Narcissism falls along the axis of what psychologists call personality disorders, one of a group that includes antisocial, dependent, histrionic, avoidant and borderline personalities. But by most measures, narcissism is one of the worst, if only because the narcissists themselves are so clueless. ~Jeffrey Kluger
Many enter therapy because they have been raised by a narcissistic parent or have married a spouse with these traits. Feeling enraged that they must seek treatment, while the other continues to leave a path of pain and destruction in their wake is a common theme for these individuals who seek help.
A hallmark trait of the narcissist is that they lack empathy and are unable to see and respond to the real needs and "self" of the other. It you are married to, or in a relationship with a narcissist, sadly, you are very much alone because you don't actually have a real relationship. It is likely one-sided -- you are there to admire, serve and meet the needs of the narcissist. When things are going well, you may feel invited into their special world -- it can feel seductive and exciting -- you will be rewarded for mirroring their specialness and sharing the delusion. You may also feel very lonely. Your are always at risk for being de-throned; the narcissist can idealize you one moment and devalue you the next. Crossing or denying the narcissist what they need has consequences. This type of relationship may work until the weary partner, who has likely subjugated and denied his/her needs rebels and begins to rewrite the script. Things get ugly fast. You will be fired, or replaced with a better version -- this is reality, and it's just a matter of time! The break-up of a relationship with a narcissist is often emotionally charged, destructive and even devastating. The life review of time spent with a narcissist usually reveals a history of deception, feeling invisible, keeping secrets, collusion, humiliations, betrayals and the denial of one's true and authentic self in an effort to support the narcissistic partner or parent's fragile self and maintain a connection.
Narcissists rarely land in the office of a therapist on their own. Sometimes they are dragged in by a partner who feels unseen and unheard, or have landed in some devastating, humiliating legal situation. It may be the spouse or family member who seeks treatment to break free of the narcissist and the course of therapy will likely involve helping the individual address their underlying lack of self-esteem or past dynamics that get played out in the present. Children of narcissists often marry a partner who has similar traits. The pattern gets repeated. The children of a narcissist will face unique problems, especially if the parent uses control, money, power or other trappings to maintain the fragile, transactional connection.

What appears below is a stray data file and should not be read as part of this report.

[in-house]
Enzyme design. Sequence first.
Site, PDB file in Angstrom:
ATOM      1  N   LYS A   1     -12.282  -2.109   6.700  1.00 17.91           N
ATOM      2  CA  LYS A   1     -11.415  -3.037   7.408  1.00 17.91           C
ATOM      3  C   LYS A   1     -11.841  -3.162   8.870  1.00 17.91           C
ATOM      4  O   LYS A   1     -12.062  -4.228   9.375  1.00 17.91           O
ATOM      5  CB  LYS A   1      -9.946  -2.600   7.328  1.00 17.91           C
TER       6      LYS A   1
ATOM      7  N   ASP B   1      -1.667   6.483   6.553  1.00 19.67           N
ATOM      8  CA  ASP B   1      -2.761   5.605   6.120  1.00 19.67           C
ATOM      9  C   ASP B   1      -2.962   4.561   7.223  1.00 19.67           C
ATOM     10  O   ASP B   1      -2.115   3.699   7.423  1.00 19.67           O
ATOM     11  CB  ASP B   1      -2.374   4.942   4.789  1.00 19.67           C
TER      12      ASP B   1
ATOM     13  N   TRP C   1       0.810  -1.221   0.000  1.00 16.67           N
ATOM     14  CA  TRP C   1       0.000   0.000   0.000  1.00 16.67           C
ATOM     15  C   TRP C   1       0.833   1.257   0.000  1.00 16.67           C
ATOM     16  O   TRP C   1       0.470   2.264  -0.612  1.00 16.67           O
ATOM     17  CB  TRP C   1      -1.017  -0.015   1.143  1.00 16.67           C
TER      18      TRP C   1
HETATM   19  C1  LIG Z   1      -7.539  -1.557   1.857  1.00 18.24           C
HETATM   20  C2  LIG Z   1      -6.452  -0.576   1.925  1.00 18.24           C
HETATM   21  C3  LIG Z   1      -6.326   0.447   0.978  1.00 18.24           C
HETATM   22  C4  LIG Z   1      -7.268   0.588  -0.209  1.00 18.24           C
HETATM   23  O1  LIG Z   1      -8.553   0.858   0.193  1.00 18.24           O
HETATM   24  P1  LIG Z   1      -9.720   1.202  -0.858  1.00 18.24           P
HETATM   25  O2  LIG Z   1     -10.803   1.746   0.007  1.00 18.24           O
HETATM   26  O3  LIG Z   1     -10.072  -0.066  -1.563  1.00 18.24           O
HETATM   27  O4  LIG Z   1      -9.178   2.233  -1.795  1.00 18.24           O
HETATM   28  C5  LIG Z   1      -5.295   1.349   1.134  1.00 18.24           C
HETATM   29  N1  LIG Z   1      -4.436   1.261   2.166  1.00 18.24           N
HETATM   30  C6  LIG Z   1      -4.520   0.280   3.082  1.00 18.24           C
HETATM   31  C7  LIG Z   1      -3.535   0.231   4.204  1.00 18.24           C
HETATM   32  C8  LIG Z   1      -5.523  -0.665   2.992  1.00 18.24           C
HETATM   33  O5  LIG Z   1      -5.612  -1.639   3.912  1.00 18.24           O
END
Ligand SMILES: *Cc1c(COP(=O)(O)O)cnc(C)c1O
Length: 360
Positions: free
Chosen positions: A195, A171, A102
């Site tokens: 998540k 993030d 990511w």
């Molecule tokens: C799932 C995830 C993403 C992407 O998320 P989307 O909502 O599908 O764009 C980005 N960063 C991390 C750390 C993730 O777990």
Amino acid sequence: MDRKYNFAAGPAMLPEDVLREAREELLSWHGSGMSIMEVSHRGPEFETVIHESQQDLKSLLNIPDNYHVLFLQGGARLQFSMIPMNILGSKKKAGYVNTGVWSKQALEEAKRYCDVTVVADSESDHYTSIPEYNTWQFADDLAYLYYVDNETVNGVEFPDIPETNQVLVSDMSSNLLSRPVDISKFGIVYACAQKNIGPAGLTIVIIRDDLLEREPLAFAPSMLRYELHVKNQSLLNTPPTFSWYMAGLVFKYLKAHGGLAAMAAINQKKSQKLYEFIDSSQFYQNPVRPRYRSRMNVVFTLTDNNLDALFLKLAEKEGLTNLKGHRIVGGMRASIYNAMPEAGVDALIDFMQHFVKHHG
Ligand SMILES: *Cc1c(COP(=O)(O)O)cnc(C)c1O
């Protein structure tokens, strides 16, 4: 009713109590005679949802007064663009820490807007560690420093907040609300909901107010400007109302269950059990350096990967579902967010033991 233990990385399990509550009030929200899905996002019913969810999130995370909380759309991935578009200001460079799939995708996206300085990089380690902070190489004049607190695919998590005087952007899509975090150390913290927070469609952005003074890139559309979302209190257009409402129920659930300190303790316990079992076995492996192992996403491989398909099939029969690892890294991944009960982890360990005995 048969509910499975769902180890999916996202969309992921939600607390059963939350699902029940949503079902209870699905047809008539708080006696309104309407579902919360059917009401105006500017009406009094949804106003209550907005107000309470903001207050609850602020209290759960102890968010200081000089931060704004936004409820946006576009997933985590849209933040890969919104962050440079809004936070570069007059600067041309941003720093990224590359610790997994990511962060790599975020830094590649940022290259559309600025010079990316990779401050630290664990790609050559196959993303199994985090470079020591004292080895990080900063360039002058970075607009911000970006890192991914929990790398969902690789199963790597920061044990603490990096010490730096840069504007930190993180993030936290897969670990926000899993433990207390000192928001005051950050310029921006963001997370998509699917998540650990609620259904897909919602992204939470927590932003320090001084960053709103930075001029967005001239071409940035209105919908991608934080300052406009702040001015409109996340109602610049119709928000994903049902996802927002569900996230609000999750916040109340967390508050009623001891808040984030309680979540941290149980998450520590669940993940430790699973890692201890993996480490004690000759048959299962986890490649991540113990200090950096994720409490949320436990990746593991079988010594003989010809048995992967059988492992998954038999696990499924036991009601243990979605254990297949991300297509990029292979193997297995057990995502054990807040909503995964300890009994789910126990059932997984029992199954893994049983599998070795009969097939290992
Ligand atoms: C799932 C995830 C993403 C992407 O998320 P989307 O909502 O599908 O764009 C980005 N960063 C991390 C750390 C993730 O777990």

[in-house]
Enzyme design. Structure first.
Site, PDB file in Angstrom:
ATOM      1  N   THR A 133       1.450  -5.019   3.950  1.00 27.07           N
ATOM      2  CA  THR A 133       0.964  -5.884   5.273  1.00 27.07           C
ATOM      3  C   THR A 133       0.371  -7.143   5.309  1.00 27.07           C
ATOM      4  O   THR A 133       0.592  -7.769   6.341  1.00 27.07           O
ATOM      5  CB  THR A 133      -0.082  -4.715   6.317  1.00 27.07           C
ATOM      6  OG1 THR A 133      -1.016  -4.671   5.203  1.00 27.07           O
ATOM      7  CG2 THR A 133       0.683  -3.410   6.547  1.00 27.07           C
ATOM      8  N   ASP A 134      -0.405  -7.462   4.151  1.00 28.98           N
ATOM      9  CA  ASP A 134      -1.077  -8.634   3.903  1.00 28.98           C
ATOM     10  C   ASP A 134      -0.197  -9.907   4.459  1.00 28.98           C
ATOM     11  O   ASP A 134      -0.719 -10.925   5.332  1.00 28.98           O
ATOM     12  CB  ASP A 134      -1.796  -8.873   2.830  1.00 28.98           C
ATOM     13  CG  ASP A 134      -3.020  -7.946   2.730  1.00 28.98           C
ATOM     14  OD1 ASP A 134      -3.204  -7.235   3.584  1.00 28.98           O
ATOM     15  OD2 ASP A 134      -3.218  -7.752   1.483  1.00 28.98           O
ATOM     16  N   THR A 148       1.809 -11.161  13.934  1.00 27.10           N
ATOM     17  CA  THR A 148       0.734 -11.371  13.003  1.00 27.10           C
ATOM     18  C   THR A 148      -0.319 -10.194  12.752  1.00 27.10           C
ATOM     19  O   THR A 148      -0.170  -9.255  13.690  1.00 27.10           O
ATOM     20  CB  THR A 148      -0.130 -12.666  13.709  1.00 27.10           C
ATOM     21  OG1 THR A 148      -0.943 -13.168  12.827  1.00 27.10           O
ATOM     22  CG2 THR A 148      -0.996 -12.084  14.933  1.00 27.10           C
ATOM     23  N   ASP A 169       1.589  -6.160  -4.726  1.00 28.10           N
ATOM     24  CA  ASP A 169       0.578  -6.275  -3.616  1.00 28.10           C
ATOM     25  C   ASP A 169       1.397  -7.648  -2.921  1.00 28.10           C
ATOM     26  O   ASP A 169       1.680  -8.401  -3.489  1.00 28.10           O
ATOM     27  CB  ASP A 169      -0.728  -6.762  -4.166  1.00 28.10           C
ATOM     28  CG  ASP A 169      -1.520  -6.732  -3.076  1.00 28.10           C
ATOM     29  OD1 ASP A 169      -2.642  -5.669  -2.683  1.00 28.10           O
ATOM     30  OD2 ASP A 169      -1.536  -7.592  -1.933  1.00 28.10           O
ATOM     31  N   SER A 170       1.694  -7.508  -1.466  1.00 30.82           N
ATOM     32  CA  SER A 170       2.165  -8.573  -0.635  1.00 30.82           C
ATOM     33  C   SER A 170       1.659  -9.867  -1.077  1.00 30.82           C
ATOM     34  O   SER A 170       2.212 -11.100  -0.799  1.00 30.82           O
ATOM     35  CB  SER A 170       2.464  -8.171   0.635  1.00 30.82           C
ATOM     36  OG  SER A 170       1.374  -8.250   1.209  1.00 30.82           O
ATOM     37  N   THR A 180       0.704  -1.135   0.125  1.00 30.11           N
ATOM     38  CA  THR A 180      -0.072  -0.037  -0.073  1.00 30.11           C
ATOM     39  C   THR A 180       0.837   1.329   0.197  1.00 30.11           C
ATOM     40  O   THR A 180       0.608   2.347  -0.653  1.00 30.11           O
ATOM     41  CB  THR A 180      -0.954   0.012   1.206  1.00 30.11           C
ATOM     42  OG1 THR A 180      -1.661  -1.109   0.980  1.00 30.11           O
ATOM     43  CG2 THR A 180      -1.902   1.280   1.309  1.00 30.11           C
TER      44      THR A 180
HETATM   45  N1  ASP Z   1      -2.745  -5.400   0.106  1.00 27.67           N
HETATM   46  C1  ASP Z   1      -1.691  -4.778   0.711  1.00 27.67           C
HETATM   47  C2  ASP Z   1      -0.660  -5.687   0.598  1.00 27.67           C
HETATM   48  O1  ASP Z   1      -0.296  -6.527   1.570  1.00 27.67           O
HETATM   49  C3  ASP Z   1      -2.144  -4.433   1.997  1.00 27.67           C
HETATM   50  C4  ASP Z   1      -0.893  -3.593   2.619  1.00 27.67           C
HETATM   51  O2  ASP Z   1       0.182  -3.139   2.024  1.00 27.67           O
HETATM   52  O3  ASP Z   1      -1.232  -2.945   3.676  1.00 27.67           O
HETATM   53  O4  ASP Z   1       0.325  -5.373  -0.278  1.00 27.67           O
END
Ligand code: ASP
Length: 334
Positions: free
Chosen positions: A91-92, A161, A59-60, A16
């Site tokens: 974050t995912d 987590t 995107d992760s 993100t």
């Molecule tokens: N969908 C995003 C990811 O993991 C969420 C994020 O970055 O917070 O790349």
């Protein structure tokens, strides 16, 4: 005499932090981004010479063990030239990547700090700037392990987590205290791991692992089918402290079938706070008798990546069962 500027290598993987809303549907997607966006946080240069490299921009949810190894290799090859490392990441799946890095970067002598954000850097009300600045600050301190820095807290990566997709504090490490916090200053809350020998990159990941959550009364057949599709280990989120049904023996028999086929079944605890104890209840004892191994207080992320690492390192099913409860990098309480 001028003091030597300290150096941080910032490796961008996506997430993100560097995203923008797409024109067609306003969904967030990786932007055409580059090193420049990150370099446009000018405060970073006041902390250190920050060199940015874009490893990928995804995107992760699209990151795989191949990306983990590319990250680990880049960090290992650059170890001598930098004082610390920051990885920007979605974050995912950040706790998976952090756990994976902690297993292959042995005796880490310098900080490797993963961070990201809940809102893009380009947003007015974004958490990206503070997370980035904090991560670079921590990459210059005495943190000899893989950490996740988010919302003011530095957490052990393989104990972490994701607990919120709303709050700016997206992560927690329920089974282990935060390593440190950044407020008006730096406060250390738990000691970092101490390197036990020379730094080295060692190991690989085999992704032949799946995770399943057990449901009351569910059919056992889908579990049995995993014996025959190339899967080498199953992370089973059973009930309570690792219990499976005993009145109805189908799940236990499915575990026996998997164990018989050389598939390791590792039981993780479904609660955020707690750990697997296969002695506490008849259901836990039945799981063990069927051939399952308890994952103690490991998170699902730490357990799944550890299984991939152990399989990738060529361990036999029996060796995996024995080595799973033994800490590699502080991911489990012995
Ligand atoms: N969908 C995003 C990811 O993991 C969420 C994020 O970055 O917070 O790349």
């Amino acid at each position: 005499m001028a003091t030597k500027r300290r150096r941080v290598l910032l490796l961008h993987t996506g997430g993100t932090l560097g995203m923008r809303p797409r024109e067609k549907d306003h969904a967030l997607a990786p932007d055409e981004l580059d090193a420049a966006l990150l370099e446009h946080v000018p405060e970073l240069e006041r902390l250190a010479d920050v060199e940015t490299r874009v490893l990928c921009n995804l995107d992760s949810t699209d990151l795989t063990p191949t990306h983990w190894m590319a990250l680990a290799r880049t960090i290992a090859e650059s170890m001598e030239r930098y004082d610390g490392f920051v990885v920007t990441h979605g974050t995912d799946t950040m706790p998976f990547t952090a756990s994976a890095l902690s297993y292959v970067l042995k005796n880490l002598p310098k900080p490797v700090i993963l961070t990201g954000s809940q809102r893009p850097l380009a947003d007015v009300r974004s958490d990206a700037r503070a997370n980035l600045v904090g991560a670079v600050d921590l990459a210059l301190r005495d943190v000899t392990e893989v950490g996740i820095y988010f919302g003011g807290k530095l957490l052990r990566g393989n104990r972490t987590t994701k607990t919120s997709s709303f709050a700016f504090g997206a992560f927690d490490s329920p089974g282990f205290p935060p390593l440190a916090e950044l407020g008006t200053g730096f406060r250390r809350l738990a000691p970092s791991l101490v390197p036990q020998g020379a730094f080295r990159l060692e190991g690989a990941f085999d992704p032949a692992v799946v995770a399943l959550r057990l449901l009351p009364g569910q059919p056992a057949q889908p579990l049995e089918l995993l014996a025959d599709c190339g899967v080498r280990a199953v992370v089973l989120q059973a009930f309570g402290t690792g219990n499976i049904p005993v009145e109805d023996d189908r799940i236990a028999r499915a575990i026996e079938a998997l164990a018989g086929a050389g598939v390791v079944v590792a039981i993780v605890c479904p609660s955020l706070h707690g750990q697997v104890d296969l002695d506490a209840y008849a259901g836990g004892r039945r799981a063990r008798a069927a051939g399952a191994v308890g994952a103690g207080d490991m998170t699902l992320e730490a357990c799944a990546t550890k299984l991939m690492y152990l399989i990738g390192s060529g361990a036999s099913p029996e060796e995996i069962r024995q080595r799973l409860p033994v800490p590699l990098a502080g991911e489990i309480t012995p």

If any of this resonates for you, I have included helpful reading so that you can educate and support yourself in the healing process. If you're interested in how you or someone in your life rates on The Narcissistic Personality Inventory, you can take the test here.
Take a look at these “Seven Deadly Sins of Narcissism" from Why Is It Always About You? The Seven Deadly Sins of Narcissism - Sandy Hotchkiss & James F. Masterson
Shamelessness – Shame is the feeling that lurks beneath all unhealthy narcissism, and the inability to process shame in healthy ways.
Arrogance – A narcissist who is feeling deflated may reinflate by diminishing, debasing, or degrading somebody else.
Envy – A narcissist may secure a sense of superiority in the face of another person’s ability by using contempt to minimize the other person.
Entitlement – Narcissists hold unreasonable expectations of particularly favorable treatment and automatic compliance because they consider themselves special. Any failure to comply will be considered an attack on their superiority and the perpetrator is considered to be an “awkward” or “difficult” person. Defiance of their will is a narcissistic injury that can trigger narcissistic rage.
Exploitation – can take many forms but always involves the exploitation of others without regard for their feelings or interests. Often the other is in a subservient position where resistance would be difficult or even impossible. Sometimes the subservience is not so much real as assumed.
Bad Boundaries – narcissists do not recognize that they have boundaries and that others are separate and are not extensions of themselves. Others either exist to meet their needs or may as well not exist at all. Those who provide narcissistic supply to the narcissist will be treated as if they are part of the narcissist and be expected to live up to those expectations. In the mind of a narcissist, there is no boundary between self and other.
Source: Hotchkiss, Sandy & Masterson, James F. Why Is It Always About You? : The Seven Deadly Sins of Narcissism (2003)
Freeing Yourself from the Narcissist in Your Life - Linda Martinez-Lewi
Splitting: Protecting Yourself While Divorcing Someone with Borderline or Narcissistic Personality Disorder - Randi Kreger and Bill Eddy LCSW JD
Children of the Self Absorbed - Nina W Brown
Alice Miller's seminal work The Drama of the Gifted Child